desirable form of the invention, the crystallizer ammonium sulphate to supersaturate the ammonium sulphate liquor sprayed into said space. the ammonium sulphate liquor sprayed into the scrubbing space is saturated, though it is theoretically possible to have the entering spray liquor unsaturated or supersaturated. The spray liquor supersaturated in the scrubbing space or having'its degree of supersaturationincreased in said space, is then collected in a crystallizing space without necessary change in the temperature or pressure of the liquor. My method thus eliminates the need for using the characteristic cracker pipe saturator of the prior method first described, and eliminates the need for using the grid stack and vacuum evaporator used in the second mentioned prior method.

The gas scrubbing space and the liquid crystallizing space used in accordance with the present invention may be respectively formed by the upper and lower portions of a single tank through which the gas passes upwardly and the spray liquor passes downwardly. Advanta geously,'however, the crystallization is efiected in a tank or other receptacle which is separate from the scrubbing chamber tank and which comprises a liquid sealbetween the scrubbing and crystallizing chambers.

chamber and also comprises a pipe or conduit conveying liquor to the crystallizing chamber from the scrubbing chamber, may also serve as a tar separator. In the crystallizer, the liquor changes from a supersaturated condition into a normal saturated condition.

In the practice of the present invention, ammonium sulphate crystals are formed, and crystals grow in the small liquor drops or particles phate crystals are entrained in the liquor sprayed into the scrubbing chamber. In the preferred forms of the invention illustrated in Figs. 3, 3A

and 4, at least some of the liquor sprayed into the scrubbing space entrains crystals withdrawn from the portion of the crystallizer in which the larger crystals accumulate. The crystal entraining liquor sprayed into the scrubbing space reacts therein with the ammonia content of the coke oven gas to form ammonium sulphate and thereby supersaturates itself while simultaneously subjecting itself to a desupersaturating action in which ammonium sulphate in the liquoris deposited on the entrained crystals, which are thus caused to grow as they move through the scrubbing space. The major portion of the crystal growth efiected and some of the initial formation of crystals "effected in the normal use of the invention, occurs in the crystallizing space. The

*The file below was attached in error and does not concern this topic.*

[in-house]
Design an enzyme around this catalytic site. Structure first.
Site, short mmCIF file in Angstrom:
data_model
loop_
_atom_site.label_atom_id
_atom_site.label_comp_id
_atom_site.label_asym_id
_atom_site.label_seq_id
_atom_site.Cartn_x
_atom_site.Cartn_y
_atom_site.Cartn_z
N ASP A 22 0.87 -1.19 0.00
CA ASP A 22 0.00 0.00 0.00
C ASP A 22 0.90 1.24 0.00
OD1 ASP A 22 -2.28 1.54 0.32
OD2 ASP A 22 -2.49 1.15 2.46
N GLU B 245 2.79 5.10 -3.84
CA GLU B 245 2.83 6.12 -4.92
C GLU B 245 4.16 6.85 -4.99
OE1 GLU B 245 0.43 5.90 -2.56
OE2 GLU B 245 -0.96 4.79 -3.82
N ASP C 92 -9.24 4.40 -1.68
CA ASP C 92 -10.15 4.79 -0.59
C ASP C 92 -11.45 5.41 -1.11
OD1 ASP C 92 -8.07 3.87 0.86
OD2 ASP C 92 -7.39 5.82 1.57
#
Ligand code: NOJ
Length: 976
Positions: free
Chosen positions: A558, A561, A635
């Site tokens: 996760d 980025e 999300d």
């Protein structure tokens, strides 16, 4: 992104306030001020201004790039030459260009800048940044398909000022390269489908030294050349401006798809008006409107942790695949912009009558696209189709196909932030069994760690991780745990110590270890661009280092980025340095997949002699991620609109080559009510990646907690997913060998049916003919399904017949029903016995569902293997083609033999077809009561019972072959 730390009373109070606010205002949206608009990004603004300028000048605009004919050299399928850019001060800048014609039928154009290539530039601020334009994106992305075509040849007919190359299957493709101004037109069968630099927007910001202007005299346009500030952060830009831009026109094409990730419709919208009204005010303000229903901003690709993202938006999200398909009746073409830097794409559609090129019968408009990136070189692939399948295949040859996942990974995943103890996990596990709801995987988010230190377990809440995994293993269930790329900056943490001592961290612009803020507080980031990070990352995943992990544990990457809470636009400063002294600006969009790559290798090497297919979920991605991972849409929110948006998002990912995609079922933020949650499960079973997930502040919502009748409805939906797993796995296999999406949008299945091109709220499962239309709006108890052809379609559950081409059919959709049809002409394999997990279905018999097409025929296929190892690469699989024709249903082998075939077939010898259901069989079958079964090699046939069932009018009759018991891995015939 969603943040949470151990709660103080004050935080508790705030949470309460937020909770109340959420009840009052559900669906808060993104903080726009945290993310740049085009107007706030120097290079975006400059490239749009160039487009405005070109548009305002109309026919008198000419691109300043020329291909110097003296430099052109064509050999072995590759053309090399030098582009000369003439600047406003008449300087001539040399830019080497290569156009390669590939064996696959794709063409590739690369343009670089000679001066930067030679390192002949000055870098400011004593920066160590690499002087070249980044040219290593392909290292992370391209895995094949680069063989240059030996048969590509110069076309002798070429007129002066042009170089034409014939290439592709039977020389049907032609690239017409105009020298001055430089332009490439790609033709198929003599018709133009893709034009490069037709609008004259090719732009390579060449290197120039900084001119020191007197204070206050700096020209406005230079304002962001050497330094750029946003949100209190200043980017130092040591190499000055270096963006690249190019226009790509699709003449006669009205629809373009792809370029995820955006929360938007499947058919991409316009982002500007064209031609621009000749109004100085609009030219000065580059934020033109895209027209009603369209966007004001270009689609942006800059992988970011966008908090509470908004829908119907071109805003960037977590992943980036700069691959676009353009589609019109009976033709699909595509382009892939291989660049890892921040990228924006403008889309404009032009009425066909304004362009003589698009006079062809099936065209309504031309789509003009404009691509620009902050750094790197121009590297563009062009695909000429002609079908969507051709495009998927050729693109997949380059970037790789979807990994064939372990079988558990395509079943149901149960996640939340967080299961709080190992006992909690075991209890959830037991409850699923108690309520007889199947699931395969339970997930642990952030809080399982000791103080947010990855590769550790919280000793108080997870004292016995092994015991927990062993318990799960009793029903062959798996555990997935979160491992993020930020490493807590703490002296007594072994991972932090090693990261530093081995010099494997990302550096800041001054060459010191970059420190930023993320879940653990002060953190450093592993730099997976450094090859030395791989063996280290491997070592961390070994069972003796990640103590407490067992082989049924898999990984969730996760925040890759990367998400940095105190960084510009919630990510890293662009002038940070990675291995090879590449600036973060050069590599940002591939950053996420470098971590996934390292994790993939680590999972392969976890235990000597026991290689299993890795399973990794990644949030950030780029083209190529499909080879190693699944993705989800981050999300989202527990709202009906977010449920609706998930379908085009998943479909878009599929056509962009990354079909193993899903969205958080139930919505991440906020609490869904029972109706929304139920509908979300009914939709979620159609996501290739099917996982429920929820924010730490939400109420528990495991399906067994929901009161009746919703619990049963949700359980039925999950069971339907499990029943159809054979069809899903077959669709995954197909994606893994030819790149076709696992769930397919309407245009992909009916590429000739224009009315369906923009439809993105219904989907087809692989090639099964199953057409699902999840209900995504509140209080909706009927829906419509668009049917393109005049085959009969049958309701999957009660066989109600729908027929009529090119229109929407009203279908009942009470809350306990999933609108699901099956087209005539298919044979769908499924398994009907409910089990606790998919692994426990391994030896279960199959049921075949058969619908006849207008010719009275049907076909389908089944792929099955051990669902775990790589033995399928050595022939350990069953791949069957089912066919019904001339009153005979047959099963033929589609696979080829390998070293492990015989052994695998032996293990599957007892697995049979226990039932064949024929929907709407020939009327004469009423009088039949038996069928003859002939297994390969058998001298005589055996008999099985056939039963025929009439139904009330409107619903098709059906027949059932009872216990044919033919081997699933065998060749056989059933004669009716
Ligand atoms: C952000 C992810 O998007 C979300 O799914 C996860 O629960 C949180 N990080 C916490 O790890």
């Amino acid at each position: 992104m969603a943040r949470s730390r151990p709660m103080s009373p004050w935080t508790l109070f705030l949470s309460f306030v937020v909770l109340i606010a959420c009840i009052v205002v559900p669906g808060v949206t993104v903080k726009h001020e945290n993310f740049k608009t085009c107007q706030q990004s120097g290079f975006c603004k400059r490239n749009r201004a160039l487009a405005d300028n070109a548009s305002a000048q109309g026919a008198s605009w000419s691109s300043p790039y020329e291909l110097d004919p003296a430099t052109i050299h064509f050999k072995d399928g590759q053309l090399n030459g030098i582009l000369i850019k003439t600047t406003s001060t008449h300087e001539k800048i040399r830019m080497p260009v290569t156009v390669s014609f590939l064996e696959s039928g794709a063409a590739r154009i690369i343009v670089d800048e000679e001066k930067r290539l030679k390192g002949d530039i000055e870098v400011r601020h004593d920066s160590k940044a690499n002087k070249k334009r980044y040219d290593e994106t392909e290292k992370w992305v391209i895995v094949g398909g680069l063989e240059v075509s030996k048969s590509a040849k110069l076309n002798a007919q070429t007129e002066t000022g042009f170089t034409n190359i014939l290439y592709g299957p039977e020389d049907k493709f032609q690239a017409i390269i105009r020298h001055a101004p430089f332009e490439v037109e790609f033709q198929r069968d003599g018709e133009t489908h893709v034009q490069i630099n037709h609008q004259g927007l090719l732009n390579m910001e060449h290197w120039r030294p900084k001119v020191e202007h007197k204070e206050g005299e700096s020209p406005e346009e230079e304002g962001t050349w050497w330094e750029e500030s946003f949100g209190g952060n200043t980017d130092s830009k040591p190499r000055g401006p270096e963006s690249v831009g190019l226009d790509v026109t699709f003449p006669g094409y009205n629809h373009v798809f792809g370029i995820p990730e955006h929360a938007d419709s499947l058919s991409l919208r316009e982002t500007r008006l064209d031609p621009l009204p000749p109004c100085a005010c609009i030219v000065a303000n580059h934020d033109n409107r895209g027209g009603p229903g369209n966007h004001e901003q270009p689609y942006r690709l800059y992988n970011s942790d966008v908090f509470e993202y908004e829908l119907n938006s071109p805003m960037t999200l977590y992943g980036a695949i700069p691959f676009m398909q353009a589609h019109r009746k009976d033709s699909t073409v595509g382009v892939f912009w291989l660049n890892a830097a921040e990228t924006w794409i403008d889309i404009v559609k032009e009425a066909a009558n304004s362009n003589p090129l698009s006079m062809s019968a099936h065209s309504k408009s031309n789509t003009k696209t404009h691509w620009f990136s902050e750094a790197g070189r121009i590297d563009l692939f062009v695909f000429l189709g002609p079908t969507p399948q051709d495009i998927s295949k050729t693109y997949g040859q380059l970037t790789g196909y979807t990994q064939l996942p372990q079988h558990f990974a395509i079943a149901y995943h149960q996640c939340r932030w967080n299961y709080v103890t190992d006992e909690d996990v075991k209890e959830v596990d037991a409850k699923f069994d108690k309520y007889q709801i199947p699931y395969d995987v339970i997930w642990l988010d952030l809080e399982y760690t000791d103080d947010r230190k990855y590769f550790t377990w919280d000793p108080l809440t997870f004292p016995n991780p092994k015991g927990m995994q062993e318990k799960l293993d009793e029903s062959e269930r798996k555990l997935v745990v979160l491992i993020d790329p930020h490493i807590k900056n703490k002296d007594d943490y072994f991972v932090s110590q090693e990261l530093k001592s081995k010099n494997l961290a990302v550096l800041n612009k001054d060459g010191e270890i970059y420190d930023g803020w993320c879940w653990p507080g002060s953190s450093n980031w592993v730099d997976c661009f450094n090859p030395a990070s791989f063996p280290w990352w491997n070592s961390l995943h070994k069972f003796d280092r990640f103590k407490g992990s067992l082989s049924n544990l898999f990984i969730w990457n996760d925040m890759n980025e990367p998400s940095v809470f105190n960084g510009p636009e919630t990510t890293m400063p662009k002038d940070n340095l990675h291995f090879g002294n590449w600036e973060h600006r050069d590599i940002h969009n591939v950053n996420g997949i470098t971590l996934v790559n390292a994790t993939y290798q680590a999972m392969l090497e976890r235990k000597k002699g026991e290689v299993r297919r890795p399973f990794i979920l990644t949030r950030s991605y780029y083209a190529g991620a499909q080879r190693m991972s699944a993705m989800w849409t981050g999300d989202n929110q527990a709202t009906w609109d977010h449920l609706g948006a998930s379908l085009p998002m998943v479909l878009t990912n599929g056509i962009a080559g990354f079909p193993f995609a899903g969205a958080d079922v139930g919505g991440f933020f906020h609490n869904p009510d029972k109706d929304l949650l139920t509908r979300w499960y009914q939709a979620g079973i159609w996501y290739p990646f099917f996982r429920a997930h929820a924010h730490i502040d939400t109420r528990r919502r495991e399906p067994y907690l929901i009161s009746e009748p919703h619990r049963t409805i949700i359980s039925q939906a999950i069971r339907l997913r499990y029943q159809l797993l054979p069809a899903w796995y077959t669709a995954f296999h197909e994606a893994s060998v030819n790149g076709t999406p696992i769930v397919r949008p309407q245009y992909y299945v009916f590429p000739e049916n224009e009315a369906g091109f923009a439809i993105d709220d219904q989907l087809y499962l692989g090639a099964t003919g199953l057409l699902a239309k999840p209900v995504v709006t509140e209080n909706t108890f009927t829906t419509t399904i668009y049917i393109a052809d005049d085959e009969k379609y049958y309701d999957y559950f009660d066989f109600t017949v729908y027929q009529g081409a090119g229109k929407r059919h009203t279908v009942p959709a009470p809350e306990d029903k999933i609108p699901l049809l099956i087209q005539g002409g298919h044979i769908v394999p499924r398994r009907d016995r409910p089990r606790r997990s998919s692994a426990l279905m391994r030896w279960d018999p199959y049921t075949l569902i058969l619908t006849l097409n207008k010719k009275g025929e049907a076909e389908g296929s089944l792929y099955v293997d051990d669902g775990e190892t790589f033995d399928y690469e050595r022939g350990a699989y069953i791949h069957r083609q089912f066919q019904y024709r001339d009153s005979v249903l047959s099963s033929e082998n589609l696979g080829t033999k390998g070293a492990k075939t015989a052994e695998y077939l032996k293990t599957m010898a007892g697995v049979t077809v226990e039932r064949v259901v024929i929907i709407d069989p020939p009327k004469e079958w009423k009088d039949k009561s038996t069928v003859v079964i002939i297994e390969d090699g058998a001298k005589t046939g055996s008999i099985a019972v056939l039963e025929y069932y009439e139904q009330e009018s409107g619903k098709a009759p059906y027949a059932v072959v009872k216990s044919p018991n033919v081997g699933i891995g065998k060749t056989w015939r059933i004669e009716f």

evaporation of water from the ammonium sulphate liquor which occurs in the scrubbing and crystallizing spaces, increases the supersaturation of the liquor from which the water vapor separates. The crystal growth and formation which results from the supersaturation of ammonium sulphate, reduces the amount of ammonium sulphate in solution and thus desupersaturates the ammonium sulphate solution.

iIn the p'referred form of the invention, crystal- In an especially The crystallizing 1 chamber which is separate from the scrubbing to the liquor at some convenient point or points along said flow path and ammonium sulphate crystals must be separated from the liquor. The

liquor into the scrubbing space, may serve to produce all, or a major portion of the recirculation of the bath liquor in the crystallizer space which is needed to effect and regulate the crystallizing action.

A further specific object of my invention is to provide a simple and effective method of, and means for preventing rock salt deposits on the walls enclosing the scrubbing and crystallizing space; I have found that the last mentioned object may be substantially obtained by suitably heating, suitably washing, or both heating and washing the wall or walls on which rock salt would otherwise deposit. A suitable wall heating eiiect may be obtained by a steam jacket or jackets, or by electrical heating structure heating the wall to a temperature high enough to prevent ammonium sulphate crystals from becoming attached to the inner wall surface. The wall washing effect may be obtained by flowing water or bath liquor along the wall in a film -like stream of sufiicient volume and flow velocity to prevent ammonium sulphate crystals in said stream from adhering to said wall.

In the practice of my method, as in the practice of the two prior methods hereinbefore described,

, called acid catcher. Such recovery is practically essential in all cases because the cost of the sulphuric acid used is a major cost item in the process, and also because the inclusion of more than a trace of sulphuric acid in the gas makes the latter undesirably corrosive. In the practice of the present invention I have found that a decrease in the average size of the subdivided liquor particles sprayed into the. gas-stream increases the absorption efficiency of the sprayed liquor but also tends to increase the amount of the gas entrained liquor carried into the acid catcher. A specific object of the present invention is to make it possible to obtain the advantage of spraying finely sub-divided liquor into the scrubbing space while minimizing the passage of the finely subdivided liquor into the acid catcher.